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Bassita’s New Clean Up Ecosystem Inspires to Clean and Care After the Nile

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Bassita’s New Clean Up Ecosystem Inspires to Clean and Care After the Nile

Photo credit: Mohamed Abd El Ghany/ Reuters

A new initiative by Egyptian start-up Bassita is introducing ‘VeryNile’ an initiative to solve Egypt’s Nile pollution by creating a sustainable ecosystem that recycles the plastic and waste collected from the river.

Famous for their click-funding campaigns, Bassita’s new initiative aims to “drive the largest cleanup means of large-scale, efficient and environmentally sound removal of plastic pollution from aquatic ecosystems.”

Bassita collaborated with Greenish, a group of social entrepreneurs that raise awareness to different environmental issues through events and workshops and others to create a well-rounded campaign.

Photo credit: VeryNile Facebook page.

This ecosystem consists of volunteers, fishermen and waste sorters. Bassita is collaborating with fishermen across Cairo to collect the waste from the Nile River on a daily bases. Accordingly, all these parties will be collaborating in the campaign that is mutually beneficial to everyone involved creating a consistent cash flow cycle.

“The most important thing is how we can turn this initiative into a sustainable ecosystem. We are going to go to speak with all the fishermen who are participating in the campaign. For every kilogram of plastic, we are going to give them cash back,” co-founder of Bassita Mostafa Habib explains.

Photo credit: VeryNile Facebook page.

Bassita is planning to build a new model of peddle boats. The boats will have two nets from each side that scrapes the waste from the surface of the water as fishermen peddle along the Nile.

The social initiative also plans on introducing floating net damps. “We want to have huge nets falling from the bridges to stop the current from the two sides and catch the floating waste,” Habib adds.

Egypt’s Ministry of Environment and Ministry of Social Solidarity are very supportive of the initiative as it has a great impact not only on the country’s environmental sustainability but also the economic sustainability by creating a cash flow system between all parties.

Photo credit: VeryNile Facebook page.

“We are recycling all of the plastic we collect by collaborating with people from Manshiyat Naser [most commonly known as the Garbage City].” Habib says,”We believe that their talents are often over looked but they are the most educated people when it comes to sustainability and recycling in Egypt because they know how to turn recycled plastic into products.”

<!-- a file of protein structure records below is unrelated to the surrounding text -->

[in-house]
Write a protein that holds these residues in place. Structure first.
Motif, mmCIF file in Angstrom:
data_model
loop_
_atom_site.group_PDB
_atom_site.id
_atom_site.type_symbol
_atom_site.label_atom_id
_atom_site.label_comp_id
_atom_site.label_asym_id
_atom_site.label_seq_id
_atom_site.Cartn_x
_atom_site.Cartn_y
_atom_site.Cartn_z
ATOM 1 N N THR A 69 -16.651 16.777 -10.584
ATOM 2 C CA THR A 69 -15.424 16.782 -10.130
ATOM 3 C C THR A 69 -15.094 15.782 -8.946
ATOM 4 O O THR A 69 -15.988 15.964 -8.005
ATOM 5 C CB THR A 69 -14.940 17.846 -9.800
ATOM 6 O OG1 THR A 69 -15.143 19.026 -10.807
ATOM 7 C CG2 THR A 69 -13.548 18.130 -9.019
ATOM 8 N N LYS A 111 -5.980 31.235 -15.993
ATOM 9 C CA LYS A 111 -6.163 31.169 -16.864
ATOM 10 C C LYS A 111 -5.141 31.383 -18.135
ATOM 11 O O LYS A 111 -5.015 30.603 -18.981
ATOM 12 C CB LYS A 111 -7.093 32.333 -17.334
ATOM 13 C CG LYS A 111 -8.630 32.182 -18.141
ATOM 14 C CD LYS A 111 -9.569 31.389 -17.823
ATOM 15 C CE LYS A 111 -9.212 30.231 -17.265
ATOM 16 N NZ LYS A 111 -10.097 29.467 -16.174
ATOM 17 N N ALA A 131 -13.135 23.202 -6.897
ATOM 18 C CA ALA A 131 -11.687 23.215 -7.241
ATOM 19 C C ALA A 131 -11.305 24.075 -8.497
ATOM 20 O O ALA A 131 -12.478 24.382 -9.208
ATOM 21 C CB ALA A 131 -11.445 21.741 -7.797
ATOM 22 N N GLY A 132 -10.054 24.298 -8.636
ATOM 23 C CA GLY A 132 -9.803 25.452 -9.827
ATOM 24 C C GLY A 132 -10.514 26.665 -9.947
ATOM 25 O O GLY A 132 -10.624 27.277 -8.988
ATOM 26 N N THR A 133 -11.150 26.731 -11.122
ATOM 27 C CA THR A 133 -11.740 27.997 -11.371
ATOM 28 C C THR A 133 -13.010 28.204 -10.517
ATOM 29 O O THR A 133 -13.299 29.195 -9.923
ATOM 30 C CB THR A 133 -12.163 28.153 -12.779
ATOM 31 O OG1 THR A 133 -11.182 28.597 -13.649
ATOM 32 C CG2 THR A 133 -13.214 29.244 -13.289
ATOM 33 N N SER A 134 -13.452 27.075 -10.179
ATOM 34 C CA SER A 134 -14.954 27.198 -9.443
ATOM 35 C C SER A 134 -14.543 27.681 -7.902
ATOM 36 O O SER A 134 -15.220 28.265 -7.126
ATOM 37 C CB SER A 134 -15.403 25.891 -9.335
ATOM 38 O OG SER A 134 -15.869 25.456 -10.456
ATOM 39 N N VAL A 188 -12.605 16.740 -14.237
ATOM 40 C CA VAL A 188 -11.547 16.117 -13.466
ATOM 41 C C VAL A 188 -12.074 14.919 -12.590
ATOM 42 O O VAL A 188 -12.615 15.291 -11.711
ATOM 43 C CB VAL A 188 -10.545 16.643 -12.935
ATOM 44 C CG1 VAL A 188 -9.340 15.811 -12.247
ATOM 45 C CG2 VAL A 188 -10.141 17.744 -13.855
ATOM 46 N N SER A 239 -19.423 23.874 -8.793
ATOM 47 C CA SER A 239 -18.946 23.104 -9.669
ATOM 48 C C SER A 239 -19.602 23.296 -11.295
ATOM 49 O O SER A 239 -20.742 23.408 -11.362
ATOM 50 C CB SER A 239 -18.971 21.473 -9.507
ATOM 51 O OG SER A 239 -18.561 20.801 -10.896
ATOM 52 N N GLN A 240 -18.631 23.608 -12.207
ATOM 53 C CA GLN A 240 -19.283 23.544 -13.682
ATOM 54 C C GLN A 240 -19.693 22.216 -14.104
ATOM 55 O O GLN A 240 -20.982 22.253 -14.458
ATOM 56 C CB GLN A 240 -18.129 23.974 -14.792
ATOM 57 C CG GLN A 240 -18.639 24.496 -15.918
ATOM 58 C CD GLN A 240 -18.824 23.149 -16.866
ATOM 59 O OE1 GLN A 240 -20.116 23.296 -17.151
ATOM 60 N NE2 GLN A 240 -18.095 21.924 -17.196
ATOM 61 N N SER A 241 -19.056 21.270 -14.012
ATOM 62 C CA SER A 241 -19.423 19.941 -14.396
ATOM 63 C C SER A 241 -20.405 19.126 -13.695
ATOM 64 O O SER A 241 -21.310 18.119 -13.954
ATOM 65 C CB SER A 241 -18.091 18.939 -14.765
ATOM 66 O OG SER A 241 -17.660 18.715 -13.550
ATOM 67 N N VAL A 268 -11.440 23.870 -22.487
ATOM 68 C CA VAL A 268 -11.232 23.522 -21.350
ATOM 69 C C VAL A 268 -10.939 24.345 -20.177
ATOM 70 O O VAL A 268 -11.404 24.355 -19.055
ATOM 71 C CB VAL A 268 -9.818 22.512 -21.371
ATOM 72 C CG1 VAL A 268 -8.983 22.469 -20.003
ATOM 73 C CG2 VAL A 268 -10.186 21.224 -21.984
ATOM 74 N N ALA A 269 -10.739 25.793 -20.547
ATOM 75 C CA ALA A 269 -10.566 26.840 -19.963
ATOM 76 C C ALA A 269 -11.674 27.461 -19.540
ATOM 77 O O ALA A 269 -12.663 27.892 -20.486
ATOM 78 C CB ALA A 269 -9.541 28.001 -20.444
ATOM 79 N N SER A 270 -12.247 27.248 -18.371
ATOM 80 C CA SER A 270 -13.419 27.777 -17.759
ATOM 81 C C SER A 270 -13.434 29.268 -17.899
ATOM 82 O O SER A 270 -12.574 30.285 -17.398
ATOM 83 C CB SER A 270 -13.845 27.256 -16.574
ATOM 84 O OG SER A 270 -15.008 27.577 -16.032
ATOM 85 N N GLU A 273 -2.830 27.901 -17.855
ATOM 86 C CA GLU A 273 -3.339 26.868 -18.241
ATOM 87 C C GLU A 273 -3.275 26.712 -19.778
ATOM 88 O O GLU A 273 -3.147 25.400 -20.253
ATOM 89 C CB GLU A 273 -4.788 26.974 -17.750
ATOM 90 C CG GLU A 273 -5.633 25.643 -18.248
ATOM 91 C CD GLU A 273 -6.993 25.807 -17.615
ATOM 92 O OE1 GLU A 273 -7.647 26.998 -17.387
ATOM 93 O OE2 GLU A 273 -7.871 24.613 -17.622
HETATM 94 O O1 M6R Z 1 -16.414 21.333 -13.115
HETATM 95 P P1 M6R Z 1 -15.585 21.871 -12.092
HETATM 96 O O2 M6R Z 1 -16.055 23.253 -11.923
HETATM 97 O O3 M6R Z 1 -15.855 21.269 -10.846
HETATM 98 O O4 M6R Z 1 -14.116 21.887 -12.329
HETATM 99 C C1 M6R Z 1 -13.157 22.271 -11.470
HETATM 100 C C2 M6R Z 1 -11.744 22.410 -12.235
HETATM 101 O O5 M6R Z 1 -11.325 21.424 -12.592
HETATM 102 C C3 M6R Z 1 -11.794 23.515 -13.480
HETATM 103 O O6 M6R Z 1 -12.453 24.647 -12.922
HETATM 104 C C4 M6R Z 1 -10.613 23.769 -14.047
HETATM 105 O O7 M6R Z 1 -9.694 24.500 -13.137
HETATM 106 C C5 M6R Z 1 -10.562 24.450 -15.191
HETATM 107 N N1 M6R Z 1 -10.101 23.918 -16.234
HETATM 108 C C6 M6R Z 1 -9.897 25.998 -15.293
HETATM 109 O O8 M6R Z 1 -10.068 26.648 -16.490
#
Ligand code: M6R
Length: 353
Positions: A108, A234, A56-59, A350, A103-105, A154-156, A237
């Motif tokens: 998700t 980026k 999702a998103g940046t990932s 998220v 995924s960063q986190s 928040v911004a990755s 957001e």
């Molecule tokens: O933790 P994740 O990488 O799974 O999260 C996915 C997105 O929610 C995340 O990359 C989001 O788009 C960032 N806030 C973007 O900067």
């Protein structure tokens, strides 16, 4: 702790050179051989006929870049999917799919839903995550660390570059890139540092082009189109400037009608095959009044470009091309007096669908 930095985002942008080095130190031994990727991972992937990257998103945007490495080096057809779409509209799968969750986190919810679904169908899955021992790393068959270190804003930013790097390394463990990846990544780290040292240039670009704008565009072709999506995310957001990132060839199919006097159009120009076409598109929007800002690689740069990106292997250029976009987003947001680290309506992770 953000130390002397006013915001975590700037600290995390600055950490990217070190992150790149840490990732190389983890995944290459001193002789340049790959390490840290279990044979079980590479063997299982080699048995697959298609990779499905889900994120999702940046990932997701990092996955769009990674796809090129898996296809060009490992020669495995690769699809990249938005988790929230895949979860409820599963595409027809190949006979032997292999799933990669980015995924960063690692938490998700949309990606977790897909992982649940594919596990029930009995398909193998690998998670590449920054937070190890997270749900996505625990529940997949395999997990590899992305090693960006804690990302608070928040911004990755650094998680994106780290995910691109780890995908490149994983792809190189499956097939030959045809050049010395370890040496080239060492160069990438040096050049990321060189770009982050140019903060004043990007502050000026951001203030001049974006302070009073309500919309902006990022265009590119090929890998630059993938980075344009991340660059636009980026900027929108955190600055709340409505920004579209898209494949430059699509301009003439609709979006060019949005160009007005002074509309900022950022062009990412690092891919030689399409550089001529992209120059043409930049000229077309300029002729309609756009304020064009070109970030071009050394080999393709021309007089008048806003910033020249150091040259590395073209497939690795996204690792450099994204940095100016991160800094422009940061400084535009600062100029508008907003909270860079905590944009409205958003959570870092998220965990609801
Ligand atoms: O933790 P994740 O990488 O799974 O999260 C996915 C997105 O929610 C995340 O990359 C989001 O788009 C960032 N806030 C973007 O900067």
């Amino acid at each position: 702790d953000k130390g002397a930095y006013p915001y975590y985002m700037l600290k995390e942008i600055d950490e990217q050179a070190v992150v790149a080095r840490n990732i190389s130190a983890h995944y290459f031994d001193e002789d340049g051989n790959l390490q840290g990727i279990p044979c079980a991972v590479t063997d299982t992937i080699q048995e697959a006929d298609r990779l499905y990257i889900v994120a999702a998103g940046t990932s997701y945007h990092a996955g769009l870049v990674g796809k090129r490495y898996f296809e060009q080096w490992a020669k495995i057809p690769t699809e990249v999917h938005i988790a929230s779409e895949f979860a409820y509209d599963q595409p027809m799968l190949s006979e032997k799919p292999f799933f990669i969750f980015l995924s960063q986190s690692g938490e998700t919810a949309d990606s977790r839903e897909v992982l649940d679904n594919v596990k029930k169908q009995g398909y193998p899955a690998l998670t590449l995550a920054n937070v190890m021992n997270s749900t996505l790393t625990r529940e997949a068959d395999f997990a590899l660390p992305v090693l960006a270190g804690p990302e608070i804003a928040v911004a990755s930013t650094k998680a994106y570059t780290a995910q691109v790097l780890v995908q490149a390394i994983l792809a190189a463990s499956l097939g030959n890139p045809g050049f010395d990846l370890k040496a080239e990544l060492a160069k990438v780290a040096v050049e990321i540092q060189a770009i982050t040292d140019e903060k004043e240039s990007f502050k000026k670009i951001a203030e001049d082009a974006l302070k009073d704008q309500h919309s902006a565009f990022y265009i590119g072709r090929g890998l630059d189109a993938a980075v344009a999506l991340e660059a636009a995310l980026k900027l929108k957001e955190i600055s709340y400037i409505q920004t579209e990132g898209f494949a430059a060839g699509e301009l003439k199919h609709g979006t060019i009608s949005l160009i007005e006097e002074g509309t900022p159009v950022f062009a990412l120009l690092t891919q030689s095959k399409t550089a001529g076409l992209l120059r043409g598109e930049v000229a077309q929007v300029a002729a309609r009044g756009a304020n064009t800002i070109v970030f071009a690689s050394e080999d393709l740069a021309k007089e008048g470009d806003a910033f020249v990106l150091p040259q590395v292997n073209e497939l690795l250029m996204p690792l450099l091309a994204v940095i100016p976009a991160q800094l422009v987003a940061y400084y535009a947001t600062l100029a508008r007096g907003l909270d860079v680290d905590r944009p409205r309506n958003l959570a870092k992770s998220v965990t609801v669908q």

The plastic collected by the fishermen from the Nile will be turned into products. For this campaign, Upfuse is designing and producing bracelets from recycled plastic that will raise awareness about the Nile pollution.

“The revenue of these bracelets will be given to the fishermen who are participating in the campaign as an incentive to continue cleaning the Nile on a daily bases,” Yara Yassin, founder of Upfuse explains.

Yassin believes that “Through this campaign, we are revisiting the Nile that was once forgotten, and we are excited that there will be an item that resembles the Nile’s history and raise awareness to its pollution.”

In the future, Upfuse plans on buying some of the plastic that is collected from the Nile and integrate it into their product line and if this supply was proven sustainable, the sustainable fashion enterprise might solely depend on this initiative as its recycled plastic supplier.

‘VeryNile’ will host a big event once a month and invite volunteers to participate in the project.”When you have 200 hundred volunteers cleaning the Nile manually, you are sure that they will never throw trash in the street or the Nile again,” co-founder of Bassita Alban de Ménonville emphasizes.

The Nile River is has a crucial role for all the countries it crosses and especially Egypt, whose ancient civilization sparked when  permanent settlements resided along the banks of the river.

The World Economic Forum (WEF) reported in July 2018 that more than 8 million tons of plastic are thrown in the ocean every year . The study unveiled that 90 percent of the plastic that is found in oceans was initially disposed in ten rivers one of which is the Nile River. If the rate continues, by 2050 there will be more plastic than there are fish in the water.

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